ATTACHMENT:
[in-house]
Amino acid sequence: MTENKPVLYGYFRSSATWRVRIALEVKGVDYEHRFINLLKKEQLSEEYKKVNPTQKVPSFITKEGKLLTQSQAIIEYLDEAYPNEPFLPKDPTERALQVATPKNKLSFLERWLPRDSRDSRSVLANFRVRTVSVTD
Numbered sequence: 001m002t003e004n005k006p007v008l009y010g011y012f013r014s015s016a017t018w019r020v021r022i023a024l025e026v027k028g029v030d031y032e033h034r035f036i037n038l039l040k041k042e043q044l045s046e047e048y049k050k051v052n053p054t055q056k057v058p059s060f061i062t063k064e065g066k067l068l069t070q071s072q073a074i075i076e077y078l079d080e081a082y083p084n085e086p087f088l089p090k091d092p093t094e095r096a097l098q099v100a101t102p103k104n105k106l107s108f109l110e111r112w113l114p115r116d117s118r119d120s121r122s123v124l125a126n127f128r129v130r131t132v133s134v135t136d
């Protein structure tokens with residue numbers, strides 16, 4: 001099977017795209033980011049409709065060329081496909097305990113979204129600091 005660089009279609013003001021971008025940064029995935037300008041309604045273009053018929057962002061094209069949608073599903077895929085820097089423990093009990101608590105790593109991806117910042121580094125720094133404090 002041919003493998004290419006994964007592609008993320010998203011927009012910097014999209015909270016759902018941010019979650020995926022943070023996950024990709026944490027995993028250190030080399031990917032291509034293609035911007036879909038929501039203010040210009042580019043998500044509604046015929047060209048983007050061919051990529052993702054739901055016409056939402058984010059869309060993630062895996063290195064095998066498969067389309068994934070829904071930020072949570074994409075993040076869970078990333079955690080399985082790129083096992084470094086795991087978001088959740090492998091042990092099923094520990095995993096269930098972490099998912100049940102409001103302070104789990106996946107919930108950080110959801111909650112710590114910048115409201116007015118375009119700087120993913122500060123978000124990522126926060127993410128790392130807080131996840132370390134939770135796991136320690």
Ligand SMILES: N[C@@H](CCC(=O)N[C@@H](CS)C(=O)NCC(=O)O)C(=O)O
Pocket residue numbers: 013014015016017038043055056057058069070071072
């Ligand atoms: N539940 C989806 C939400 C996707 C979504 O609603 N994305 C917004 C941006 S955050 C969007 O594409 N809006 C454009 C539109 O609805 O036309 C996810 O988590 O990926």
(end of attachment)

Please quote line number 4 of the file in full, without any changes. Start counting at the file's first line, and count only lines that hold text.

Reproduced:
């Protein structure tokens with residue numbers, strides 16, 4: 001099977017795209033980011049409709065060329081496909097305990113979204129600091 005660089009279609013003001021971008025940064029995935037300008041309604045273009053018929057962002061094209069949608073599903077895929085820097089423990093009990101608590105790593109991806117910042121580094125720094133404090 002041919003493998004290419006994964007592609008993320010998203011927009012910097014999209015909270016759902018941010019979650020995926022943070023996950024990709026944490027995993028250190030080399031990917032291509034293609035911007036879909038929501039203010040210009042580019043998500044509604046015929047060209048983007050061919051990529052993702054739901055016409056939402058984010059869309060993630062895996063290195064095998066498969067389309068994934070829904071930020072949570074994409075993040076869970078990333079955690080399985082790129083096992084470094086795991087978001088959740090492998091042990092099923094520990095995993096269930098972490099998912100049940102409001103302070104789990106996946107919930108950080110959801111909650112710590114910048115409201116007015118375009119700087120993913122500060123978000124990522126926060127993410128790392130807080131996840132370390134939770135796991136320690």